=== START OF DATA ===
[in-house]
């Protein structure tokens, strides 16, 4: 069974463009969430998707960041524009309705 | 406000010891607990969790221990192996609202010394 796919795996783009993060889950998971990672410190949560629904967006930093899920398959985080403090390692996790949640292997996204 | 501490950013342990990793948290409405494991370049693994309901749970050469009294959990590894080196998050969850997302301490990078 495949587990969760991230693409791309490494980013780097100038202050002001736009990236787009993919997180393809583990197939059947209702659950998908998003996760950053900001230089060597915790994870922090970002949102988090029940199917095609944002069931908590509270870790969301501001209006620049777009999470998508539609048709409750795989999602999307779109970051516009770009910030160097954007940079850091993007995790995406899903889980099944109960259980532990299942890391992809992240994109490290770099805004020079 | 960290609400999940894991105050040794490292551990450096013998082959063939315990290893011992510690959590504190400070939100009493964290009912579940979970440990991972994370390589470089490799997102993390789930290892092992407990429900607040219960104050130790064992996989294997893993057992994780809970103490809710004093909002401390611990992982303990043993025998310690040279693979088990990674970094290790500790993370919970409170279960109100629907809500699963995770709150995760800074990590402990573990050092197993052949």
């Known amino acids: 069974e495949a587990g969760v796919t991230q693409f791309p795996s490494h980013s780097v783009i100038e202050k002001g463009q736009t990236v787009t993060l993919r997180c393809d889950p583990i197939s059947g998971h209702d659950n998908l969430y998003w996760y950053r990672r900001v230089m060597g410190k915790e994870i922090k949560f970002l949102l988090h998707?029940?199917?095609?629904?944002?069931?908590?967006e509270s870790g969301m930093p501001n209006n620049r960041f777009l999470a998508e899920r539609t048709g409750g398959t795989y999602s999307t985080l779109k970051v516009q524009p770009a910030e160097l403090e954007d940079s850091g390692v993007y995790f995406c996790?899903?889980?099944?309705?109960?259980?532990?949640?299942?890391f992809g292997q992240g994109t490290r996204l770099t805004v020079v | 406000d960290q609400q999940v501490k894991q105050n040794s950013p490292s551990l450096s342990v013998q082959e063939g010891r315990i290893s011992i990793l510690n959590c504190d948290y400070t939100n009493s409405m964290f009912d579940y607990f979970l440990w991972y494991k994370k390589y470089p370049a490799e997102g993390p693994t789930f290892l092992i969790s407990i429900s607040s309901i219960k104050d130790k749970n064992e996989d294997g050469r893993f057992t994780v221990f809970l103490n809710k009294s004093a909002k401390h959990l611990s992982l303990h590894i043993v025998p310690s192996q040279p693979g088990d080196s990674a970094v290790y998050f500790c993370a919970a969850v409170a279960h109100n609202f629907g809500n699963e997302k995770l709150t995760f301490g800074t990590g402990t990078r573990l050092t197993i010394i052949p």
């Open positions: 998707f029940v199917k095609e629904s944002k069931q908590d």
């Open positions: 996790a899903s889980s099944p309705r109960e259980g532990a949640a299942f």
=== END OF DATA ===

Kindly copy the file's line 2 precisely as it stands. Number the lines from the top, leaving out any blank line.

């Protein structure tokens, strides 16, 4: 069974463009969430998707960041524009309705 | 406000010891607990969790221990192996609202010394 796919795996783009993060889950998971990672410190949560629904967006930093899920398959985080403090390692996790949640292997996204 | 501490950013342990990793948290409405494991370049693994309901749970050469009294959990590894080196998050969850997302301490990078 495949587990969760991230693409791309490494980013780097100038202050002001736009990236787009993919997180393809583990197939059947209702659950998908998003996760950053900001230089060597915790994870922090970002949102988090029940199917095609944002069931908590509270870790969301501001209006620049777009999470998508539609048709409750795989999602999307779109970051516009770009910030160097954007940079850091993007995790995406899903889980099944109960259980532990299942890391992809992240994109490290770099805004020079 | 960290609400999940894991105050040794490292551990450096013998082959063939315990290893011992510690959590504190400070939100009493964290009912579940979970440990991972994370390589470089490799997102993390789930290892092992407990429900607040219960104050130790064992996989294997893993057992994780809970103490809710004093909002401390611990992982303990043993025998310690040279693979088990990674970094290790500790993370919970409170279960109100629907809500699963995770709150995760800074990590402990573990050092197993052949």